R.N. Misra, J.
1. Petitioner is a registered trust and publishes a local Oriya daily called the 'Prajatantra' and an English weekly named 'Eastern Times.' It also runs a press where the newspapers referred to above are printed. The Samity is covered under the Employees' Provident Fund Scheme and the provisions of the Employees' Provident Funds and Family Pension Fund Act, 1952 and the Scheme made thereunder. It failed to make payment of its contribution to the Funds in time as provided by statute and upon such failure, the Regional Provident Fund Commissioner (opposite party) directed recovery of the contributions under the provisions of the Orissa Public Demands Recovery Act as provided by Section 8 of the Employees' Provident Funds and Family Pension Fund Act, 1952 (hereinafter referred to as the 'Acts'). Several certificate cases for different periods have been instituted. Along with the recovery of contributions, damage has been claimed under Section 14B of the Act. Though several contentions had been raised in the writ application and learned Counsel for the petitioner was pressing several of them, ultimately one ground has been pressed before us, namely, while quantum of contribution is not in dispute, the manner in which damages have been levied under Section 14B of the Act cannot be sustained.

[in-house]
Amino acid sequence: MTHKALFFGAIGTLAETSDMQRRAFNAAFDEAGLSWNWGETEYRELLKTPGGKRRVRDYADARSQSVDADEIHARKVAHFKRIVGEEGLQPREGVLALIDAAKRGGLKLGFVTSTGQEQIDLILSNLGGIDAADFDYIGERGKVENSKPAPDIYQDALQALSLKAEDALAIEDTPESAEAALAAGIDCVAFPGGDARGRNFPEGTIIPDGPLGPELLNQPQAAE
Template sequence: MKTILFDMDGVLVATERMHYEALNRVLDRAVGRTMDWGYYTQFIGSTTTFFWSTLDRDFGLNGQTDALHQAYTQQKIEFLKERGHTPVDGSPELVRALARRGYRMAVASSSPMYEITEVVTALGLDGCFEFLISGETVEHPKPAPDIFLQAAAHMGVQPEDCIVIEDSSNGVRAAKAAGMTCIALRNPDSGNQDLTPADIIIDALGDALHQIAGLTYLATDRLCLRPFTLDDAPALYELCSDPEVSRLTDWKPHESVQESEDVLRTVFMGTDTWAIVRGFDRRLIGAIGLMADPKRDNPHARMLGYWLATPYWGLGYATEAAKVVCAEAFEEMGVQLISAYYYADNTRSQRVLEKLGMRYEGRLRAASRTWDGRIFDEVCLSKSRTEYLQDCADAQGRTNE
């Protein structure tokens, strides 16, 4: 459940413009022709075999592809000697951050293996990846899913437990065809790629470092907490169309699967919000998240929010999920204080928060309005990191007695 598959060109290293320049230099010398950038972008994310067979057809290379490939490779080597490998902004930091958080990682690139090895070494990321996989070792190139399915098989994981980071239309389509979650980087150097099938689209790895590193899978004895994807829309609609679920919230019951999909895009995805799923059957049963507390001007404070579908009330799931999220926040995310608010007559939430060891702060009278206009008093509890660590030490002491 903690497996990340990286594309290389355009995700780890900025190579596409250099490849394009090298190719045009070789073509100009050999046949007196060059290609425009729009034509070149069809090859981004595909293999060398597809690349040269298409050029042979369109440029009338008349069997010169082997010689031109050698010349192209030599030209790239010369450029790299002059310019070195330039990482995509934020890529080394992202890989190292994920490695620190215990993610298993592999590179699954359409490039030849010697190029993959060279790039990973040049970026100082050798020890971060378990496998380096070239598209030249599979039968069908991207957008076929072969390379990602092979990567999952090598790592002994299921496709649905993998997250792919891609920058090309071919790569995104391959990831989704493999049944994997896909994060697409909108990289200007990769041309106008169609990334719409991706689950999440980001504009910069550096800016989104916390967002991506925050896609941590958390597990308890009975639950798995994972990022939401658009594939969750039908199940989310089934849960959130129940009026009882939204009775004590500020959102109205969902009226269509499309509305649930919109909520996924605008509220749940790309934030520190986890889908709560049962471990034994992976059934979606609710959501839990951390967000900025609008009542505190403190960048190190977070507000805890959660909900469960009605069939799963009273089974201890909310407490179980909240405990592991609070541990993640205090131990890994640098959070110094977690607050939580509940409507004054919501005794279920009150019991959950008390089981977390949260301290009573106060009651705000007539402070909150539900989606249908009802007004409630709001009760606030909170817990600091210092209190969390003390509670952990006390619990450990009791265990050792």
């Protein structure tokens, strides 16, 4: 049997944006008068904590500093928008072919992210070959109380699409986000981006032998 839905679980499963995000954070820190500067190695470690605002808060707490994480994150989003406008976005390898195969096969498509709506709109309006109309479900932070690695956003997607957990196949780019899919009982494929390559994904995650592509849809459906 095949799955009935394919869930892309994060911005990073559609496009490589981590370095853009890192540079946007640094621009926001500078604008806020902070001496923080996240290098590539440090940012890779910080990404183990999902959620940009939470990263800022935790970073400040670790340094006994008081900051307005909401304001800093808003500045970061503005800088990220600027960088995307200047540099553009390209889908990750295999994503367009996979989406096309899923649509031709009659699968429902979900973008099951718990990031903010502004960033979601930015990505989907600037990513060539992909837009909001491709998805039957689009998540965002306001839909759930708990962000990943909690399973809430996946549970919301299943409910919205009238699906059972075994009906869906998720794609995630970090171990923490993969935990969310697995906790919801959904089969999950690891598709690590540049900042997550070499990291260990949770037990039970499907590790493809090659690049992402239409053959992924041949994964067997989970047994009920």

Where an employer makes a default in the payment of any contribution to the Fund or the Family Pension Fund or in the transfer of accumulations required to be transferred by him under Sub-section (2) of Section 15, or Sub-section (5) of Section 17 or in the payment of any charges payable under any other provisions of this Act or of any Scheme or under any of the conditions specified under Section 17, the Central Provident Fund Commissioner or such other officer as may be authorised by the Central Government, by notification in the Official Gazette, in this behalf may recover from the employer such damages, not exceeding the amount of arrears, as it may think fit to impose: Provided that before levying and recovering such damages, the employer shall be given a reasonable opportunity of being heard.
Until amendment of the provision by Act 40 of 1973, the limit of damage was 25 per cent of the arrears.
2. A counter-affidavit has been filed by the Assistant Provident Fund Commissioner supporting the action. When a rejoinder was filed on behalf of the petitioner, the Assistant Provident Fund Commissioner filed a further affidavit including a chart showing the calculation of penal damages marked as Annexure A. In the chart, reference has been made to penal damages. The Act does not authorise levy of any penal damage and Section 14B of the Act refers to damage only.
3. During hearing of this application, we directed the learned standing counsel appearing on behalf of the opposite party to furnish a detailed statement of arrears and damages by clearly indicating the period of default. In compliance with the direction, an affidavit has been filed on 11th, September, 1978, by the Regional Provident Fund Commissioner. To the affidavit a chart has been enclosed on reference to which it would appear that no uniform basis has been maintained in the matter of levy of damages.